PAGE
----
Free-to-play gaming, at least on the PC, has taken a beating in the last year. Some games that seemed primed for free-to-play, or were announced as such, are doing a 180 and charging for an initial purchase. H1Z1 is the most recent, and controversial, example, but you can also include Quake Live, LEGO Minifigures Online, and Albion Online as games that were announced as F2P and then changed course, and games that were unofficially branded free-to-play, like Overwatch and Black Desert Online, going the paid route from the start.
The free-to-play sensation isn't dying, but it is slowing down. Just a year or two ago, just about every paid online game was going free-to-play; going in the other direction seemed unthinkable. As we've seen lately, that's definitely not the case.
No, I don't think “free to play is dying lulz,” like some people might. Rather, I think that as more and more games have embraced F2P, it's getting harder to use “free” as a selling point. As a result, developers are having to – shockingly – sell their games by making them actually better, and that can be hampered by cash shops.
No matter what they might tell you, every F2P developer has to design the game around its cash shop, basing major gameplay principles around things like progression rate and loot drops. Ditching free-to-play and doing away with that concern has to be a major relief, freeing developers to do what they do best without having to worry about the delicate balancing act of pleasing the accounting department while not annoying the players too much. Nobody likes to hear the game they've been working on for years being called a “greedy cash grab” or the like.
So sure, it might be easier on the people actually making the games to not have to design them for free-to-play, but, to be blunt, those aren't usually the guys and gals controlling the money and making the decisions. We all know that “free” games can really rake it in, so for a game like Overwatch or Albion Online to ditch F2P requires, in part, for it to be a better financial move to make it paid.
I discussed why I thought going the paid route was the right move for Overwatch, but that had a lot to do with it being made by Blizzard, which could command the attention of millions of gamers and get them to fork over their money. That's a harder prospect for a smaller studio and is a primary reason why the F2P revolution started with the smaller companies in the first place: so they could get noticed and get people to try them. Once the bigger companies started doing the same thing, that advantage vanished.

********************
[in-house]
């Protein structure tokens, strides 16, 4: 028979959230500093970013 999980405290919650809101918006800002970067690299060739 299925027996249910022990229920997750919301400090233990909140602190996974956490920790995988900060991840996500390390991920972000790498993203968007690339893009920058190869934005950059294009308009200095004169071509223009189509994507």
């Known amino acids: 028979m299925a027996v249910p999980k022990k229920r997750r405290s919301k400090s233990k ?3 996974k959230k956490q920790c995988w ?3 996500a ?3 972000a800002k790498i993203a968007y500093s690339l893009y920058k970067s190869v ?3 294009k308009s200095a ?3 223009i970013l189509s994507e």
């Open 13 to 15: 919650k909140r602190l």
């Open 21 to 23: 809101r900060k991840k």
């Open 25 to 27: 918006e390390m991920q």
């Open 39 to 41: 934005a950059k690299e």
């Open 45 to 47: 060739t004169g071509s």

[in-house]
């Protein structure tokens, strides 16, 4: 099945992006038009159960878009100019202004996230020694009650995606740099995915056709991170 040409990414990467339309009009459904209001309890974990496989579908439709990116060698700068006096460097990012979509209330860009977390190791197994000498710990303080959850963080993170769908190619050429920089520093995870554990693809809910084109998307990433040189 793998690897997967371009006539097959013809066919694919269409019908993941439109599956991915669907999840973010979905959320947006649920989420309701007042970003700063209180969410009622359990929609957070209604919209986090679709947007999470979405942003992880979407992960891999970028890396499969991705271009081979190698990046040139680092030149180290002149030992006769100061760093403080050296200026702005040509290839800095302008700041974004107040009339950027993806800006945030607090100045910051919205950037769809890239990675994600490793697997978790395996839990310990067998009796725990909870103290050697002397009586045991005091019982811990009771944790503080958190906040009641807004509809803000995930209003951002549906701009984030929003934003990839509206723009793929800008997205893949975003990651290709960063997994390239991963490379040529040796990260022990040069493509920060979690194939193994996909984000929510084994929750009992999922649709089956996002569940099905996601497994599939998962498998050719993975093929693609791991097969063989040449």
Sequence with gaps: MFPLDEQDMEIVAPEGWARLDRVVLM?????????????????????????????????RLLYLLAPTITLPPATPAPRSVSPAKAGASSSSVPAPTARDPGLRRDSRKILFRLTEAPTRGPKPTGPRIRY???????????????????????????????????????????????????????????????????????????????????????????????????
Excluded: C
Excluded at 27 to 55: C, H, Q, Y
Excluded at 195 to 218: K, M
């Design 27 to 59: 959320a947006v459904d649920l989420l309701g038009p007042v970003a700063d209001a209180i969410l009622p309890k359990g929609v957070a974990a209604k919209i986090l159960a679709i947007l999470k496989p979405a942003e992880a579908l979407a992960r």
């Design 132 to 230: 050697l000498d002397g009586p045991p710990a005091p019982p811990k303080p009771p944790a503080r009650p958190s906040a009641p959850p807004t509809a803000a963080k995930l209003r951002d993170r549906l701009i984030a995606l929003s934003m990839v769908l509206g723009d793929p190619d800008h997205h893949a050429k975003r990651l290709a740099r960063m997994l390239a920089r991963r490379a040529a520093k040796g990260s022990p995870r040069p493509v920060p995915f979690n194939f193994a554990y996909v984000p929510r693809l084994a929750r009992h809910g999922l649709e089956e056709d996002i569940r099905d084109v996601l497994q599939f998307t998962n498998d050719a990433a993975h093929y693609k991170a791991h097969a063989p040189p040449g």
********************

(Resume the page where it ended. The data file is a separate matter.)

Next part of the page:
Of course, for a smaller studio, getting the “guaranteed” money of an up-front purchase, as opposed to hoping it can craft a F2P game that people will pay for later, is a big deal. It's also a big risk, because if you don't grab enough people's attention, the money doesn't come. (Also, in an online game, the more people you have around to interact with, the better, and F2P has been proven to boost player population.) It's a catch-22, one that could determine the success or failure of your game and your company. As much as we might say it's about “greed” or the like, it's not a decision that's made lightly, nor does it guarantee even a better short-term financial outcome.
Still, it probably seems less risky than putting your game out there for free and relying on the goodwill of your players – whom, you'll remember, you're trying not to piss off with microtransactions – to keep you afloat. I wouldn't be surprised to see another few games go the non-F2P route this year; considering its critical acclaim but shaky financial status, Gigantic could be a candidate, especially if Overwatch is a big hit. It's probably too soon to talk about EverQuest Next just yet. My heart can't take it.
What do you think? Is free-to-play going to take a few steps back this year? Or is the recent spate of games going the buy-to-play route just a momentary blip on the radar?
About the Author
Jason Winter is a veteran gaming journalist, he brings a wide range of experience to MMOBomb, including two years with Beckett Media where he served as the editor of the leading gaming magazine Massive Online Gamer. He has also written professionally for several gaming websites.
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